The usual suspects, including Indian and western mainstream media, have been vociferous in alleging Indian human rights violation in Jammu and Kashmir in the wake of the killing of terrorist Burhan Wani and the subsequent rioting and stone-throwing. There were theatrical exaggerations on the use of pellet guns (without considering what would happen if real bullets were used instead). In general, they succeeded in embarrassing the Indian government.
But that may turn out to be a Pyrrhic victory for the separatists and their friends. Among other things, there was a PR disaster (from the ISPR point of view) created by Hafiz Saeed, founder of the banned terrorist outfit Jamaat-ud-Dawa, who expressed open admiration for the Indian National Congress and for Barkha Dutt, a journalist.
But more than that, the Indian government seems to have realised that being Mr Nice Guy is not earning it any medals, and that maybe it’s time to turn the plate around and try something slightly more robust. After all, samam and danam on a large scale have not worked with the Pakistanis (eg the Indus Water Treaty which is severely skewed in Pakistan’s favour) or Muslim Kashmiris (10 percent of all Government of India expenditure goes to Jammu and Kashmir and it has the lowest poverty rate in the country).
Time for some bhedam and the threat of a little dandam, perhaps. And where can this be? The most obvious friend that Pakistan has is China (and less obviously, the US). It’s best not to tangle with Washington, but Beijing is clearly New Delhi’s now and future enemy, so there should be spokes put into the Pakistan-China axis, by any means possible.
The Chinese are investing a great deal in their corridor through Pakistan-occupied Kashmir and Balochistan to Gwadar. And that is the most obvious target. India has maintained a hands-off approach despite the ongoing Baloch genocide since 1948. Balochistan accounts for almost half of Pakistan’s land area, and the Khan of Kalat was tricked and invaded by Pakistan, whereas his people had no particular wish to be part of it, according to Kanchan Gupta in The Daily Mail.
Attacked with helicopter gunships and heavy weapons, large numbers of Balochis have been getting killed ever since. This is a dirty little secret that Pakistan has kept quiet about. And unless they succeed in wiping out the Balochis, the Chinese dream of Gwadar dominating the Straits of Hormuz will not materialise. Since the Pakistanis will do anything the Chinese want, they will therefore complete a genocide of the Baloch. That is, unless India intervenes and supports the Baloch wholeheartedly.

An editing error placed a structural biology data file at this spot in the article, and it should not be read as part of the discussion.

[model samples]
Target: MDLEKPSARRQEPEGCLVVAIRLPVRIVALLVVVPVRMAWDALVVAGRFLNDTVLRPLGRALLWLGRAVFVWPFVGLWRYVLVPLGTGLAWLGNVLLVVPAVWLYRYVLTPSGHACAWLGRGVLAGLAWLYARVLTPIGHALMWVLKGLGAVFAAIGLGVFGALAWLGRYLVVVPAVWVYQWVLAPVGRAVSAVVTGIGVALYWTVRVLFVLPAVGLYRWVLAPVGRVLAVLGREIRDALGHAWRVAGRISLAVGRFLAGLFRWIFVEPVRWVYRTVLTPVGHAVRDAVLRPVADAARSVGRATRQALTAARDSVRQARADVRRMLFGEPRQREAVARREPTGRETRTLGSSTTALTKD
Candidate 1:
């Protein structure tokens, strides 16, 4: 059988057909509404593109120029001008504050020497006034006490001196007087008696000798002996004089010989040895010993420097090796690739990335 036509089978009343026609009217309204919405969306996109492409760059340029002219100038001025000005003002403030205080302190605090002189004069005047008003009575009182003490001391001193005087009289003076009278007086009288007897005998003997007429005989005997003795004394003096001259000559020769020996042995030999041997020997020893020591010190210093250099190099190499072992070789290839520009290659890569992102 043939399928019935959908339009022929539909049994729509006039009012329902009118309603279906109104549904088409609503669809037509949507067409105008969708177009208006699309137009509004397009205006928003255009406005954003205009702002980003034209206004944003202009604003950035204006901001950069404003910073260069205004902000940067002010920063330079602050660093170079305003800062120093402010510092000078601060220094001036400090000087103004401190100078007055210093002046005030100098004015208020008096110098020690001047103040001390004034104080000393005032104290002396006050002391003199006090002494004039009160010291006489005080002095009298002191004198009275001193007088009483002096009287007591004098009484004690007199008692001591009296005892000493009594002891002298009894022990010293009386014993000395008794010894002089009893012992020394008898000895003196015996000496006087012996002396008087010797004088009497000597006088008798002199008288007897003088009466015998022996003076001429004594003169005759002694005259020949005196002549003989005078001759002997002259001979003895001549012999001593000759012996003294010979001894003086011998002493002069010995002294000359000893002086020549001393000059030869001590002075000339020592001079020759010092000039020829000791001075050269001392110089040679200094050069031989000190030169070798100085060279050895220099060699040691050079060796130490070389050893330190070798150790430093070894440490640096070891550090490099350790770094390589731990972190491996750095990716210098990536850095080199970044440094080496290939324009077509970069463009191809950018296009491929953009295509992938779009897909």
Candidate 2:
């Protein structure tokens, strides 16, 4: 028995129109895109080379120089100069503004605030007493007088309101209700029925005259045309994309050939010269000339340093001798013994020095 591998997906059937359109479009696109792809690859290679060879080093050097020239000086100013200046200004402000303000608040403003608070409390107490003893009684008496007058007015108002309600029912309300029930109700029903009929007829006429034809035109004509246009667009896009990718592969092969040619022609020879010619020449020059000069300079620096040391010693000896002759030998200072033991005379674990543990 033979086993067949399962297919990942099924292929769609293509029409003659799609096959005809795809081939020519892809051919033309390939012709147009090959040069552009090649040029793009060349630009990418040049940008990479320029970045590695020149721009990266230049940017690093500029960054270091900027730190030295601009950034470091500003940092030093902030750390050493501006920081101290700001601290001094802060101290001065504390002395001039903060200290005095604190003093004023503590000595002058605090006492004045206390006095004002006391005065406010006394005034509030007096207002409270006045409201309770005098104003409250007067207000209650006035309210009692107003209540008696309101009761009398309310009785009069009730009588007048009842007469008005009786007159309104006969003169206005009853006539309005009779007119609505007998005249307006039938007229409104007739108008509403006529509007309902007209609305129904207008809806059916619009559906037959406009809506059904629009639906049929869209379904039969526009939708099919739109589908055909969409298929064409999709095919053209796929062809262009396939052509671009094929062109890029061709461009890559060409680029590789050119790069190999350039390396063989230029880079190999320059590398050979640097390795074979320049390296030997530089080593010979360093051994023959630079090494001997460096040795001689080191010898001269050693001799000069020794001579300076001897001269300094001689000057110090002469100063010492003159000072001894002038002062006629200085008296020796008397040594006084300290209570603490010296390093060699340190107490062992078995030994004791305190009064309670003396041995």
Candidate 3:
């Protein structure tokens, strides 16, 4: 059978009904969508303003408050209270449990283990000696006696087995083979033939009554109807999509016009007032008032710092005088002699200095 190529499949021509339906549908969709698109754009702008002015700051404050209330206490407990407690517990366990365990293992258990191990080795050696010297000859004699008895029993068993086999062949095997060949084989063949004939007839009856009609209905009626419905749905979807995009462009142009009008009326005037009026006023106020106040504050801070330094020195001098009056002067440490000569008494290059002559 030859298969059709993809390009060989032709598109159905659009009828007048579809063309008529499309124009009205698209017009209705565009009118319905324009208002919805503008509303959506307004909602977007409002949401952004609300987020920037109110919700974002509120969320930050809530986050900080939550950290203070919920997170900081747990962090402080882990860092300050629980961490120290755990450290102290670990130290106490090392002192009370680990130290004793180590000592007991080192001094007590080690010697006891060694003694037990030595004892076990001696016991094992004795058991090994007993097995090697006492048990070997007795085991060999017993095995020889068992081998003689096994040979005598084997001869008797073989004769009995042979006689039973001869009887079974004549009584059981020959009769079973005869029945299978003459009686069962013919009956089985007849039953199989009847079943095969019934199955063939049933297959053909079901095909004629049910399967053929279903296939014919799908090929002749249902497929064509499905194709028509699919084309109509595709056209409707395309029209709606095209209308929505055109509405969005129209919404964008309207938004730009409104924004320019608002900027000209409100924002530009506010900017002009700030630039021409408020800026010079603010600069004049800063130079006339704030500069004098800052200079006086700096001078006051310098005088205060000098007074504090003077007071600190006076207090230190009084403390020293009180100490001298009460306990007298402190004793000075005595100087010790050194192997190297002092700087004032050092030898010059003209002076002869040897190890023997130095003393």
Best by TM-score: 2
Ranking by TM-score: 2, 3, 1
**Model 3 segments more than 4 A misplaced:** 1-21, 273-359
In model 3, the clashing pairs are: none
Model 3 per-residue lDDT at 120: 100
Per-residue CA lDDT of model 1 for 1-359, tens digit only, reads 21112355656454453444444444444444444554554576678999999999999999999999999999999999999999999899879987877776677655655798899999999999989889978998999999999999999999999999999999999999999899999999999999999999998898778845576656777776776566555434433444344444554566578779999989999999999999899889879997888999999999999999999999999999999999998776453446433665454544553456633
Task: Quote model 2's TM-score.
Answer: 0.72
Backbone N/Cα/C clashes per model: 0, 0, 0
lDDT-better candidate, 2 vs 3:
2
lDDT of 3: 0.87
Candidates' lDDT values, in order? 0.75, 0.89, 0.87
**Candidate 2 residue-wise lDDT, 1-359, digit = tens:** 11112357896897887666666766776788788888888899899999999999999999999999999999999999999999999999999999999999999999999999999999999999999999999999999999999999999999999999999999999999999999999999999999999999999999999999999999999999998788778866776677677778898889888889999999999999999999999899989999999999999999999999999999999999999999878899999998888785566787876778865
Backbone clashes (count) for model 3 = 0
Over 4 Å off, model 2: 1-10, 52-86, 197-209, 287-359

The very first signs of Indian resolve on this issue came on 13 August when Prime Minister Narendra Modi minced no words in saying that “Pakistan forgets that it bombs its own citizens using fighter planes. The time has come when Pakistan shall have to answer to the world for the atrocities committed by it against people in Balochistan and PoK”.
The juxtaposition of Balochistan and PoK is a significant warning, suggesting that India will no longer stand by and watch the genocide unfold.
There have also been protests in PoK (and Gilgit-Baltistan) about the rough rule of the Punjabi army elites and the fact that the Chinese corridor through their land is not benefiting them. The data substantiates that they are worse off than Jammu and Kashmir in many, if not most respects, and have less power to remonstrate with the government, considering the administrative structures are unusual (not states). Modi’s statement that “PoK is ours” should give Pakistanis pause.
The third shoe to fall was the statement by the Ministry of External Affairs on 14 August in reaction to a sly Pakistani offer to send supplies to Jammu and Kashmir. MEA spokesperson Vikas Swarup tweeted the following:
Now, this is highly unusual. The Indian side usually errs on the side of being polite to a fault. But to bluntly and categorically state that Pakistan’s exports are “international terrorism, cross-border infiltrators, weapons, narcotics and fake currency” is the diplomatic equivalent of a slap on the face. The fact that India has done this, speaks volumes.
Typically, this sort of blunt, unpleasant talk is the forté of the Chinese. Apparently it takes very little to enrage the Chinese, and they get both their diplomats and their captive media such as Global Times to speak extremely rudely. A recent instance was the reaction to the South China Sea complaint being upheld by the Hague arbitrator.
The apparent fact that the honeymoon is over suggests a welcome rethinking by the foreign policy apparatus. There is nothing to be gained by treating Pakistan with kid gloves. Treat it with the contempt it deserves. In game theory, this is ‘tit for tat’, which India has never used before, and it, in fact, is the best strategy.
Seventy years late, but it is good if this is a new beginning on Independence Day.